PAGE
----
Fire Blight in Peonies
I transplanted/split several peonie bushes last fall. Some from in my yard and others from neighbors. Many of them in the front yard are doing beautifully well. The plants are large and the flowers are blooming. However, I placed a couple in my back yard and I just noticed that though the plants were large and loaded with buds, they appear to be dying or dead. The plants are all curled up and the buds even look dead. My neighbor said it appears to be a "fire blight". Plant looks like it has been scorched by heat.....yet they are in partial shade. Shall I pull and destroy them?? If I plant a peony or another plant in that area, is it likely they will get it too???
McLean County North Dakota
A few factors could be involved here.
The most common peony disease is botrytis (gray mold). It can show scorched patches on its leaves and a purplish discoloration at the base of the stems. I encourage you to go to GOOGLE Images to see photos of this disease. In the end, the disease will generate gray, powdery spores on the leaves and flower buds.
Scorching of a plant can also be due to Phytophthora root rot. This is often the case with peonies planted in wet, poorly drained soil. This is not common in our state since our weather is typically dry (although our spring this year has been very wet).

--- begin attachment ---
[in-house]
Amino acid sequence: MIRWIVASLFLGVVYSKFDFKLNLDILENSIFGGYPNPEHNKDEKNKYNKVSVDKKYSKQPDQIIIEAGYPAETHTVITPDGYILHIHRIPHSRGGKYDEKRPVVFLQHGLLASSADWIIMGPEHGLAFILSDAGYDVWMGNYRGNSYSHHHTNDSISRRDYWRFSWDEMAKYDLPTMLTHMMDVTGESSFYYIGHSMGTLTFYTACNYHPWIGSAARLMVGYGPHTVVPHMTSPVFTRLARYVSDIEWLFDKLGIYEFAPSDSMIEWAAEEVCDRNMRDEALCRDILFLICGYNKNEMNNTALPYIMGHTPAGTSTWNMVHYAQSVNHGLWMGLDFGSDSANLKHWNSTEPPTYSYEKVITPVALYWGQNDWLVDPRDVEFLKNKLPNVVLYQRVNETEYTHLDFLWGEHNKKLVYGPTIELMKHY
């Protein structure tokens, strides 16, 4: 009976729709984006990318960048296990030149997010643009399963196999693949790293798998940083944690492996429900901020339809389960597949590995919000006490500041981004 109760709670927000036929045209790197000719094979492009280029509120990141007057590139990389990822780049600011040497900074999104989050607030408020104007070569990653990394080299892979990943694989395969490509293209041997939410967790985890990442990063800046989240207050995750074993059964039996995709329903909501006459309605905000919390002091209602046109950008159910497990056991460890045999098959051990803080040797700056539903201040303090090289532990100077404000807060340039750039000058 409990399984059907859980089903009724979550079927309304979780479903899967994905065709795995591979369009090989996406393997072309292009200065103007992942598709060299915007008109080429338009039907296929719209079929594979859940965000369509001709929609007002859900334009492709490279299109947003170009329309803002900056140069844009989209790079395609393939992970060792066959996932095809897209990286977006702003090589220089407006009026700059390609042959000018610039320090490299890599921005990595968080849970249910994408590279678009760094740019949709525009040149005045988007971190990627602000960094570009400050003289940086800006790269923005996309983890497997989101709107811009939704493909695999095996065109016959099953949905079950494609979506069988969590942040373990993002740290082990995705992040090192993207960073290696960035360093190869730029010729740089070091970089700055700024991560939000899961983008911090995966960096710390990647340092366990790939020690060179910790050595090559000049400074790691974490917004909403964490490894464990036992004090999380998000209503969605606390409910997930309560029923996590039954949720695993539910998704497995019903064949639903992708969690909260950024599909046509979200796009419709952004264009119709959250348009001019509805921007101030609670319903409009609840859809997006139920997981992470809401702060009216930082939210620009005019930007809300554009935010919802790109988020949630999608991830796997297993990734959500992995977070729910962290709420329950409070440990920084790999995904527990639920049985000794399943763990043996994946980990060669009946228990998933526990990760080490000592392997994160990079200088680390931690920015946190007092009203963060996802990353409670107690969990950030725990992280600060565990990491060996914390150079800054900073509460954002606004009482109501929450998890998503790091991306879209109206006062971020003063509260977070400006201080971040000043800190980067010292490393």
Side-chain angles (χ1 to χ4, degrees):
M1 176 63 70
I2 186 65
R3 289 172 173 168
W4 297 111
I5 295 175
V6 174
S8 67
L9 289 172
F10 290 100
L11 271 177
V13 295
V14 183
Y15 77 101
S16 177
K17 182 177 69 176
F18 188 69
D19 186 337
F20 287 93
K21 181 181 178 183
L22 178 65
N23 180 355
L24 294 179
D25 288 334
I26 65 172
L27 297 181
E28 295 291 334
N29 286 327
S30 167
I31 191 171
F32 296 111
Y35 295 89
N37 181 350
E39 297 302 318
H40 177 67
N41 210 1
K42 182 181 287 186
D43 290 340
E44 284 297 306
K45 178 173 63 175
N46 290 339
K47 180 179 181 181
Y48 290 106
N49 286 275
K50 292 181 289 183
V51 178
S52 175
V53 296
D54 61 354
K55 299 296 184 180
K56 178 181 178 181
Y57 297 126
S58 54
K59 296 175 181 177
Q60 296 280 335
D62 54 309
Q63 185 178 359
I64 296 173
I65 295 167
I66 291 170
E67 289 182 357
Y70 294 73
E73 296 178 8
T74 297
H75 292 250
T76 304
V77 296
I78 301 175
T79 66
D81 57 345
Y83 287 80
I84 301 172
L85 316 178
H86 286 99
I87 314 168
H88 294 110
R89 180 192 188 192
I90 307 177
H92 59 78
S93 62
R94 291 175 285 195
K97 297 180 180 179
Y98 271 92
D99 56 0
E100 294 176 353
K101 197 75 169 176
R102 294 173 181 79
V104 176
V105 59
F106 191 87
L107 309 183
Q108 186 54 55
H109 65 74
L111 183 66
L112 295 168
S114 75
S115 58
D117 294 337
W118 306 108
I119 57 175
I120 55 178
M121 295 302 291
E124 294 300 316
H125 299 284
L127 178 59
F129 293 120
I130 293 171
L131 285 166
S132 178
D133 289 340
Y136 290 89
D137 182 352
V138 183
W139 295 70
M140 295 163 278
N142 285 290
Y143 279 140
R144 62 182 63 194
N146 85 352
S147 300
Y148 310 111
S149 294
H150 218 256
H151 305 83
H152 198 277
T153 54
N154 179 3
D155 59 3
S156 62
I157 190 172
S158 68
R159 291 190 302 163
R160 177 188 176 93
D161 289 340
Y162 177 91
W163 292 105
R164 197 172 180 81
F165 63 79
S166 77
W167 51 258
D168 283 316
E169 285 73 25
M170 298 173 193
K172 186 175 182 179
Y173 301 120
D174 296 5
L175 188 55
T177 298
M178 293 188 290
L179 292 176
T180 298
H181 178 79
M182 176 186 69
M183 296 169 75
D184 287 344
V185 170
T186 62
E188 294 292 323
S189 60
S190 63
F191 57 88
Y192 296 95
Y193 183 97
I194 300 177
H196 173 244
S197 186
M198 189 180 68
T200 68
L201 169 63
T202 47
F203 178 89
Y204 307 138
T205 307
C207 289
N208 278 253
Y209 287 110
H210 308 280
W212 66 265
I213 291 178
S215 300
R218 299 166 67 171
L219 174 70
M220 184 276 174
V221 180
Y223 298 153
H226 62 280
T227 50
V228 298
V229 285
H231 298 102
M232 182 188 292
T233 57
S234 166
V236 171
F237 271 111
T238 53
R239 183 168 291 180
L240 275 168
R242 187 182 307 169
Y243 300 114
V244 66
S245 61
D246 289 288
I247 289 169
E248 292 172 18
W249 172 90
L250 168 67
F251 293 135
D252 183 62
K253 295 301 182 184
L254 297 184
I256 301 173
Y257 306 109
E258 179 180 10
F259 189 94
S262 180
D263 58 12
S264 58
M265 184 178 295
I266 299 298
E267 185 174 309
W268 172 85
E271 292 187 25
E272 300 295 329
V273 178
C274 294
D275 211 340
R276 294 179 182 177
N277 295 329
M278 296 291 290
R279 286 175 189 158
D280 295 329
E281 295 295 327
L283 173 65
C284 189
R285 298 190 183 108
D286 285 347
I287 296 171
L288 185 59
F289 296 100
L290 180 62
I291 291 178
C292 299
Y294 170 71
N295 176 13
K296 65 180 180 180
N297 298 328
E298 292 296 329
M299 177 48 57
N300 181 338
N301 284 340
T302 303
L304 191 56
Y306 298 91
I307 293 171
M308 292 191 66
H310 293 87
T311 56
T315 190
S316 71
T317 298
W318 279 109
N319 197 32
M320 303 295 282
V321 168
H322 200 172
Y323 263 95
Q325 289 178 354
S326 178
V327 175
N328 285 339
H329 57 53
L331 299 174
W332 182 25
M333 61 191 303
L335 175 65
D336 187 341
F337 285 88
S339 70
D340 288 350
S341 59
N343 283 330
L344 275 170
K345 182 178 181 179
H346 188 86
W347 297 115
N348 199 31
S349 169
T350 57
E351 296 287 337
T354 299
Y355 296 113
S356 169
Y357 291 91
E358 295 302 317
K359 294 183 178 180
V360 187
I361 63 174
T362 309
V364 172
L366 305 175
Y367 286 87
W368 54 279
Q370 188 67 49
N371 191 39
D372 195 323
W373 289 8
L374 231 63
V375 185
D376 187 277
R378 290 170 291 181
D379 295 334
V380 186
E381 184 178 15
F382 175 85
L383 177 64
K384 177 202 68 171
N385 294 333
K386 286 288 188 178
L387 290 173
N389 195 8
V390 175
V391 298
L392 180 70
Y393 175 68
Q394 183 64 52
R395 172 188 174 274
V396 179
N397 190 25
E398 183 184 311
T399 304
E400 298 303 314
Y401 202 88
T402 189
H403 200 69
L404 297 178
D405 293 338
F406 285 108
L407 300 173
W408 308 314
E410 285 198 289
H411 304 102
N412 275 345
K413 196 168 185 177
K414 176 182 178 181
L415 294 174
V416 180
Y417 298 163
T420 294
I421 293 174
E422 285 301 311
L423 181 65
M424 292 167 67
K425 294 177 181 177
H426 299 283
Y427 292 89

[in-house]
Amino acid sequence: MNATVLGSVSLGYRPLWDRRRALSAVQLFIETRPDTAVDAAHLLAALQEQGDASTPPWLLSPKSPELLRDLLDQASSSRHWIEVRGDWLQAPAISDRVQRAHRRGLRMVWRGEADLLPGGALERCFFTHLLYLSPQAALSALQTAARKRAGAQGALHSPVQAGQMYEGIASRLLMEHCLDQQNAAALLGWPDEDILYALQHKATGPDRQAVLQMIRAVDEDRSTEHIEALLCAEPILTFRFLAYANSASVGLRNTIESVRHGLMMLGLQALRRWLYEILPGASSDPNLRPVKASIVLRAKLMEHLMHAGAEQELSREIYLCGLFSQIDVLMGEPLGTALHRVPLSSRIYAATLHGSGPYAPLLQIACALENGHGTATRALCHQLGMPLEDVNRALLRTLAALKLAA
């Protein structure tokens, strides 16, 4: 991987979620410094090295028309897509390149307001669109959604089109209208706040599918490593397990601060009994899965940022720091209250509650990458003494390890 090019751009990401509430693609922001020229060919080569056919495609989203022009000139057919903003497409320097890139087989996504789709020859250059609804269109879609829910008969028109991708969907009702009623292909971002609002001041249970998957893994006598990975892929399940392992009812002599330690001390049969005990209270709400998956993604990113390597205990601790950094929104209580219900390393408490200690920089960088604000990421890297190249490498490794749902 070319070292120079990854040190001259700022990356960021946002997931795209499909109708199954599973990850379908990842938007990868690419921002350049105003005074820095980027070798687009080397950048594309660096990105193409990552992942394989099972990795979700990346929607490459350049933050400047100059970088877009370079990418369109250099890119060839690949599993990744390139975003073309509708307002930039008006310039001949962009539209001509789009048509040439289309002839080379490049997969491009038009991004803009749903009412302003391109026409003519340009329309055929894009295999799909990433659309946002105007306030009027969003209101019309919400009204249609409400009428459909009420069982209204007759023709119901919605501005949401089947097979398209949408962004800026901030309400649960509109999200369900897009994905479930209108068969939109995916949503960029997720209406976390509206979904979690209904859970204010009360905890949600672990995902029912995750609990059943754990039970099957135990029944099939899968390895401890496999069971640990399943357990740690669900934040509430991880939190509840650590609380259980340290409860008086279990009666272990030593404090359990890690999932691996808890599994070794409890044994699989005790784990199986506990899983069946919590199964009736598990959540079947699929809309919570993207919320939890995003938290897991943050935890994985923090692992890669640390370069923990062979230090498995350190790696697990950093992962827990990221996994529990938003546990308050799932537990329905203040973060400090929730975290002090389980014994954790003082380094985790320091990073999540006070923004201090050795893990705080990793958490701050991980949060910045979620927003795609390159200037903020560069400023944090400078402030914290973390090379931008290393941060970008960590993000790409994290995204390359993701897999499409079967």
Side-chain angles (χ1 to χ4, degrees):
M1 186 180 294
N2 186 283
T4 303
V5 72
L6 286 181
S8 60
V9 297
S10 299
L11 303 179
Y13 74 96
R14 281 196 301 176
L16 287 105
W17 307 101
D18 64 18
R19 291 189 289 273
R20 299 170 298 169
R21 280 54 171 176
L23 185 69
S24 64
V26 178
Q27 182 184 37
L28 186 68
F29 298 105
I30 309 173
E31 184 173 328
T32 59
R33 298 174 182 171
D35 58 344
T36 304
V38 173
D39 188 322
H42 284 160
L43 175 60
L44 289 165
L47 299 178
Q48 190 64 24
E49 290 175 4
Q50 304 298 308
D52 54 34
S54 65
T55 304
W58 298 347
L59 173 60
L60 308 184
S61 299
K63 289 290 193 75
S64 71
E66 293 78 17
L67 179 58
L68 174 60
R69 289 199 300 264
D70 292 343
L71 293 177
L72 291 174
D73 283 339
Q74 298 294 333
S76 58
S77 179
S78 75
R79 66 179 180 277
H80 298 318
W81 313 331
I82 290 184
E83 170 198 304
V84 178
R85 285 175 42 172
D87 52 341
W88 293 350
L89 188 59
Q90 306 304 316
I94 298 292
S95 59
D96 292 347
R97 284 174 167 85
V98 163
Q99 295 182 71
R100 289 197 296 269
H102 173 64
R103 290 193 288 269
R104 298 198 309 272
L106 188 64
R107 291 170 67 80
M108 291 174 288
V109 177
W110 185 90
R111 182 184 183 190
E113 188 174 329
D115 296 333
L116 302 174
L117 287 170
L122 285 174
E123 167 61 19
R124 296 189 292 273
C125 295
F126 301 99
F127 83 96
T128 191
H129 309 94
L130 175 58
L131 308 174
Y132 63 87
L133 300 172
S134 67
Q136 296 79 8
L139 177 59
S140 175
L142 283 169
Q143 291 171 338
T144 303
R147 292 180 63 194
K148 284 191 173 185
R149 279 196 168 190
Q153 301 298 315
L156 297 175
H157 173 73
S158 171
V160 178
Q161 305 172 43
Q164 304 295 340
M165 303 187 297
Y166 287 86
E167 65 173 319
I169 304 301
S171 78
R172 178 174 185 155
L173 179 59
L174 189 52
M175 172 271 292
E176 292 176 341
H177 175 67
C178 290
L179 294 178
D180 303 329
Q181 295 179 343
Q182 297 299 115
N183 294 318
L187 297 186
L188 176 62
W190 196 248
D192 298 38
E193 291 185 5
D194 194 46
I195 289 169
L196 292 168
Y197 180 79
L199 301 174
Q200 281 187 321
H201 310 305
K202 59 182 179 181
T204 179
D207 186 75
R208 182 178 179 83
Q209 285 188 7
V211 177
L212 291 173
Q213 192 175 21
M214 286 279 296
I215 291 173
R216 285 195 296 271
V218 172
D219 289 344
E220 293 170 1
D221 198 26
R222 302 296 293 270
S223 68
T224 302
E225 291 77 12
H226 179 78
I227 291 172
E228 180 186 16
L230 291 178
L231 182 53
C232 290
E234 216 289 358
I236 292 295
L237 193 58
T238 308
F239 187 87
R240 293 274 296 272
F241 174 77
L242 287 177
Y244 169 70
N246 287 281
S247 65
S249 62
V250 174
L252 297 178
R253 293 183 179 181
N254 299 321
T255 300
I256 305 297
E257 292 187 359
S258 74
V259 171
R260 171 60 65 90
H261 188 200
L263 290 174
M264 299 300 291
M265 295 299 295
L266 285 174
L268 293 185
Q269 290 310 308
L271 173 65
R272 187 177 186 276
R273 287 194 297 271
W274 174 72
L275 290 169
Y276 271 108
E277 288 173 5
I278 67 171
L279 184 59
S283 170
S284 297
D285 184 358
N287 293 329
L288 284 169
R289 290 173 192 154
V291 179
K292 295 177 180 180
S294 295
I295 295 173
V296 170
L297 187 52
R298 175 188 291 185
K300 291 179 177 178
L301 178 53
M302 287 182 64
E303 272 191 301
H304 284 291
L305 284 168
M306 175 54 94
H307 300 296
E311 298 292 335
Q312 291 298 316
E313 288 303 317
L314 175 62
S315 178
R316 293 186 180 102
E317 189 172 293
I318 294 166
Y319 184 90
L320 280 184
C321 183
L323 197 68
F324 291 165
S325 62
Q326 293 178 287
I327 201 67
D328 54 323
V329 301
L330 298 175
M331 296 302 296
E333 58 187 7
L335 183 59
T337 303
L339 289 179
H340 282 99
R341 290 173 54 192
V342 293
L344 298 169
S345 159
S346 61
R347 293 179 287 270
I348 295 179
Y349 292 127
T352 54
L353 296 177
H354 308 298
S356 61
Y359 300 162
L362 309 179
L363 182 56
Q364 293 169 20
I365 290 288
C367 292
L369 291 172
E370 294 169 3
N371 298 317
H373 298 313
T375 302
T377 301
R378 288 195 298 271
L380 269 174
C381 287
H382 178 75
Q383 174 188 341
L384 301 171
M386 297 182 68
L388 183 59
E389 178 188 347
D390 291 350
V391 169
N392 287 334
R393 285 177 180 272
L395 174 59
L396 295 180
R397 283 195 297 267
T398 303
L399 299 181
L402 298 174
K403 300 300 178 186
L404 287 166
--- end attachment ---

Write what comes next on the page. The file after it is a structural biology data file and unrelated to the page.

Whenever anyone mentions leaf curl at this time of year I have to mention the possibility of herbicide drift. In many of the cases, the leaves will be severely curled and distorted. Weed killers used to kill dandelions and other types of weeds can do this. This drift would likely affect other nearby plants in the landscape (which you did not mention).
Fire blight is a generic term, but we generally do not use this term for peony diseases ("fire blight" is more often associated with apple, crabapple, and cotoneaster).
I encourage you to look at this publication "Peony Problems" from the Missouri Botanical Garden and see if any of the photos matches what you see:
Recommendations for management are available here:
We generally recommend cleaning up the garden at the end of the year; fungicide sprays at the first sign of infection; and making sure the garden is well-drained.
For now, I would trim out any dead tissue. Get that tissue out of the garden. Depending on what you have left, start to use fungicide sprays to protect the rest of the foliage. Make sure the site is well drained -- this may require you to move the plants in September, if not earlier. Avoid overhead watering since this causes diseases to spread.
If the plants are a total loss, you should pull and destroy them. I would not plant any new peonies in that area for a few years.
Peonies prefer full sun.
If you have any more information or photos to share, please contact me at my e-mail address below.